Josiah Middaugh

Pro Triathlete

Race Highlights

2x Fat Bike World Champion
2015 XTERRA World Champion
14x XTERRA National Champion
6x USSSA National Snowshoe Champion
10-Time Go Pro Mountian Games Champion

What motivates you?

Describe your first bike.
I wanted a moped, but it was too expensive so I settled for a bike. It was a turning point. I didn’t fall in love with biking, but it definitely fostered some grit.  The first bike I purchased with my own money was a Bianchi touring bike. I was 15 and needed transportation 30 miles round trip for a summer job.

I have always liked that First Endurance uses clinically effective doses and that everything’s tested to ensure there are no banned substances.



Day before:
During the three days before a race I make sure that my carbohydrate intake is adequate. I know a lot of people have stepped away from the traditional carbo loading approach, but carbo-loading is an important part of my pre-race routine and it has worked well for me in the past. Typically I try to get my carbohydrates from a variety of sources such as oats, pasta, cereals, bread, rice, fruit, juice, potatoes, dairy, beans, etc. I have tried for as much as 10 grams per kilogram before although I will admit that is a bit excessive. Some of my pre-race favorites are vegetarian mexican food and the old standby–spaghetti. I am always sure to top it off with a late bowl of cereal or ice cream.

Race Morning:
Oatmeal is my go-to pre-race breakfast–either old fashioned oats or the instant oatmeal packets which are also easy to make up in hotel rooms. Sometimes I will add yogurt and/or a banana. Additionally I will consume water bottle with 1.5 scoops of EFS-PRO. I try to consume my pre-race meal 2-3 hours before race start.

Between my pre-race meal and race start I will usually consume 1 more water bottle of EFS-PRO.

During Bike:
On the bike I will take one water bottle with 1.5 scoops of EFS-PRO and I will start drinking early in the bike. I will try to have it gone by the first aid station where I will take 1 water bottle. For the remainder of the bike leg I will consume half of an EFS Liquid Shot which amounts to 200 calories along with water from the aid station. I have the flask taped to my top tube and once I grab it I will put it in my jersey back pocket.

During the run:
During the run I will usually carry the EFS Liquid Shot flask in my hand and take a sip at the aid stations along with a swallow of water.

Post Race:
I try to have a bottle with two scoops of Ultragen waiting for me to drink within 30 minutes.


What’s the craziest thing that’s ever happened to you?

A few years ago, I was traveling for back-to-back XTERRA races in the Dominican Republic and then Mexico. While in Mexico I got very sick and spend 2 days in bed, thinking it was Montezuma’s Revenge. The day before the race, I had someone else pick up my packet and mustered up all of my energy to put my race number on my bike and set out my shoes for the race. At midnight, a medical student suspected I might have appendicitis and after a couple manual tests they decided to take me immediately to the hospital in Guadalajara. The race director actually drove me in the middle of the night and missed the start of his own race, amazing guy. The twisty drive down the mountain was about 2 hours and I checked in and had emergency appendectomy the next morning. I was very fortunate to have a supportive XTERRA family to help me out. Six weeks later and one organ lighter, I won the Pan American Championship in the closest finish in XTERRA history, 7 hundredths of a second in front of Braden Currie.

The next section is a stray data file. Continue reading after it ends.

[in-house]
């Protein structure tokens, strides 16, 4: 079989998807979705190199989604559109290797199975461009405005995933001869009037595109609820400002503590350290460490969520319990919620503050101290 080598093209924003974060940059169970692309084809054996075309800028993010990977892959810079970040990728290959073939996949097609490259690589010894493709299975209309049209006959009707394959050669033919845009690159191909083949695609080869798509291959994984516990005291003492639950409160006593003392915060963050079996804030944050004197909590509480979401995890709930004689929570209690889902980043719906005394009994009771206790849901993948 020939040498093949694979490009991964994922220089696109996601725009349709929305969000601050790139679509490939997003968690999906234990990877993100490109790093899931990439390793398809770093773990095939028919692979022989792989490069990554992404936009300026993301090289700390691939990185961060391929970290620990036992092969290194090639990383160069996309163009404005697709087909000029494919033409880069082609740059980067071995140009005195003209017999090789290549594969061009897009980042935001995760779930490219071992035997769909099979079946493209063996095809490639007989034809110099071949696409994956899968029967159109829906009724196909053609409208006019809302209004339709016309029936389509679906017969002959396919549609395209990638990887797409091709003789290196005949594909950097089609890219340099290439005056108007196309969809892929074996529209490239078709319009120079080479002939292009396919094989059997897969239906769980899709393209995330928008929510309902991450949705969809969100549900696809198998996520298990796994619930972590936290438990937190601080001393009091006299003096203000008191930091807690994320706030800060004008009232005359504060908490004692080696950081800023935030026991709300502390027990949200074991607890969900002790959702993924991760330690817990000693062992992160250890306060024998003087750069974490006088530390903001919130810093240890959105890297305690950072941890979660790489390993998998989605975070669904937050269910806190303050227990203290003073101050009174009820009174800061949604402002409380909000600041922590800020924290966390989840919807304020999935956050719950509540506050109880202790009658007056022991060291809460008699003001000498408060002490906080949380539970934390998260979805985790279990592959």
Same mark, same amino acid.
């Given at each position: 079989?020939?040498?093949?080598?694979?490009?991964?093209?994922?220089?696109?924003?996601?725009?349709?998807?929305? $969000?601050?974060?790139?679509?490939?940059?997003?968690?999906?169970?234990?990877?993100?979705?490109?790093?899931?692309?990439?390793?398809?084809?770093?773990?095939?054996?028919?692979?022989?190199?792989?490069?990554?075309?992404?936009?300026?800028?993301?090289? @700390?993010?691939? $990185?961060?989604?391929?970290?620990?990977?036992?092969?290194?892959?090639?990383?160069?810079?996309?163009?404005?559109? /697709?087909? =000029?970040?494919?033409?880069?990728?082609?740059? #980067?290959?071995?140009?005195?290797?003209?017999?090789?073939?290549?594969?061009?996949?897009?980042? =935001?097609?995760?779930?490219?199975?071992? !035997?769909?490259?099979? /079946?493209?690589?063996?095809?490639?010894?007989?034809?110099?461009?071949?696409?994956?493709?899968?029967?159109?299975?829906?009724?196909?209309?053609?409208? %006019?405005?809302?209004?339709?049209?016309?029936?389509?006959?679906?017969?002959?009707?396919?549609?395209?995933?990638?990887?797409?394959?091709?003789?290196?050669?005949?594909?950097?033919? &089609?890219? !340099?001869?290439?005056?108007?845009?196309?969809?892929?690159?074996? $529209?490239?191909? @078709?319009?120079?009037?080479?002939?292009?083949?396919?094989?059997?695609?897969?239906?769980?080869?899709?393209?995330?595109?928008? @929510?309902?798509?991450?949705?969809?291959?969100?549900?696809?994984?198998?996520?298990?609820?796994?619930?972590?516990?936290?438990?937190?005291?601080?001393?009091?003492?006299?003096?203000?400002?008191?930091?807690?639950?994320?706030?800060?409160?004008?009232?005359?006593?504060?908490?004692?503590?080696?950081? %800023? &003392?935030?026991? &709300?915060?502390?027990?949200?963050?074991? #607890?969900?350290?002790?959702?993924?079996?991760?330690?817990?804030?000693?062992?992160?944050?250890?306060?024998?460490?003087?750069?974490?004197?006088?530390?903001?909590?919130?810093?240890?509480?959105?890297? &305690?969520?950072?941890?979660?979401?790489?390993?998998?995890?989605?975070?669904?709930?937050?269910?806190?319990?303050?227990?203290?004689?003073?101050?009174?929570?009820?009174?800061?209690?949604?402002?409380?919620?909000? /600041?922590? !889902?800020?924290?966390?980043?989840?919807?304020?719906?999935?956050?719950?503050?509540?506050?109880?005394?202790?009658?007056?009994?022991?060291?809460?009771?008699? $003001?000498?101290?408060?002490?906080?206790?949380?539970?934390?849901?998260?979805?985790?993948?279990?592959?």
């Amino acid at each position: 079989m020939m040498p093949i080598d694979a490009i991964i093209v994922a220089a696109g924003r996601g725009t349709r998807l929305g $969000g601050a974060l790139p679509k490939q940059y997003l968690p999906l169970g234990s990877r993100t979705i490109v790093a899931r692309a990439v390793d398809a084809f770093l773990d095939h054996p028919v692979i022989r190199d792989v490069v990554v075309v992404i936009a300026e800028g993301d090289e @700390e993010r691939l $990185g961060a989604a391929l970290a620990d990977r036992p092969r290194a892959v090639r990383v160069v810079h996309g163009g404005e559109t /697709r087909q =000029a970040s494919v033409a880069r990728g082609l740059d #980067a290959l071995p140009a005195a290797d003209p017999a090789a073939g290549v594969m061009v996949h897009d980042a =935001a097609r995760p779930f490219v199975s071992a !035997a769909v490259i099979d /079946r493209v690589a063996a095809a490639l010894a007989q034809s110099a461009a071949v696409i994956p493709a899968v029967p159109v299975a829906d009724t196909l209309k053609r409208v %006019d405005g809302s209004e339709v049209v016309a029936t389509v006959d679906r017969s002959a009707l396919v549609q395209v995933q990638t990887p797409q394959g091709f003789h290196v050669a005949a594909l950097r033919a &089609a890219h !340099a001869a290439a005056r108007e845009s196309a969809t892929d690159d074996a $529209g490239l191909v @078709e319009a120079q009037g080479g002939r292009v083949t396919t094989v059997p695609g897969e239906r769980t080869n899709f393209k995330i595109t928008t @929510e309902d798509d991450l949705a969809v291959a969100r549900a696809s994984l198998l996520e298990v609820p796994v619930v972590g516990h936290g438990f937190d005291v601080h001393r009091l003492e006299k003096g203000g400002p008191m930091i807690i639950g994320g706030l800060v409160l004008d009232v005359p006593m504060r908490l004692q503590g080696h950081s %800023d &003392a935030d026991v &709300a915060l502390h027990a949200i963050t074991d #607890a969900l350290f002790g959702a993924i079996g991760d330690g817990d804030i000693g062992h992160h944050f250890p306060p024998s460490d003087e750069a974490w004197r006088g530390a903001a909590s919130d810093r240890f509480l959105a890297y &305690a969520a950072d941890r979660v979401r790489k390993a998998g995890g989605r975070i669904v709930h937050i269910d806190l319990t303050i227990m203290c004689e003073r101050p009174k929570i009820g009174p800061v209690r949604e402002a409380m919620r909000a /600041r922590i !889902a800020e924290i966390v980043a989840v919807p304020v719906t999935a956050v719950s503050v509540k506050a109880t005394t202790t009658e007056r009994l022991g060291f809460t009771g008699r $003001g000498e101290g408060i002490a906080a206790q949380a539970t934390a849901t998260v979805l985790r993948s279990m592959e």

If you had to pick only one First Endurance product to use, which one would it be, what flavor and why?

Optygen was the original First Endurance product, and the first one I tried.  With my sometimes-chaotic lifestyle, rest and recovery are often neglected.  Overreaching and overtraining are an issue for me and Optygen is great for adrenal support.  This was validated for me when a local over-trained athlete was prescribed the same key adaptogenic ingredients found in Optygen.

How did you get started in the sport?

My background is distance running, although I never had the success I desired.  Following an unfulfilled college running career, I continued to push myself and discover new endurance sports. My first XTERRA was in Keystone and I side-stroked the swim, barely survived the mountain bike, and suffered terribly on the run.  Professional racing has always been a way for me to discover my potential as an athlete.

What’s been the highlight of your race career?

No doubt winning the XTERRA World Championship in 2015 was the pinnacle of my professional racing career, but let me tell you about a more pivotal one.

In 2001, my wife Ingrid and I had been living in Vail for a year, loving the lifestyle and community, but barely scraping by.  We had $75 in a joint checking account and that was our entire savings.  There was a race called the North American Snowshoe Championship in Beaver Creek and it boasted a big prize purse.  I was able to get off work last minute and pulled off a surprise come-from-behind win, outsprinting half a dozen athletes through the final powder section.  We wouldn’t have stayed another season in Colorado without that win.

If you had to be shipwrecked on a deserted island, but all your human needs—such as food and water—were taken care of, what two items would you want to have with you.

Probably a guitar and unicycle, so I could make up for lost time.

If you had a choice between two superpowers, being invisible or flying, which would you choose and why?

Flying for sure.  I have always had dreams of flying and I even tried to build a hang glider when I was about 12.  I’m glad it never got to the testing stage.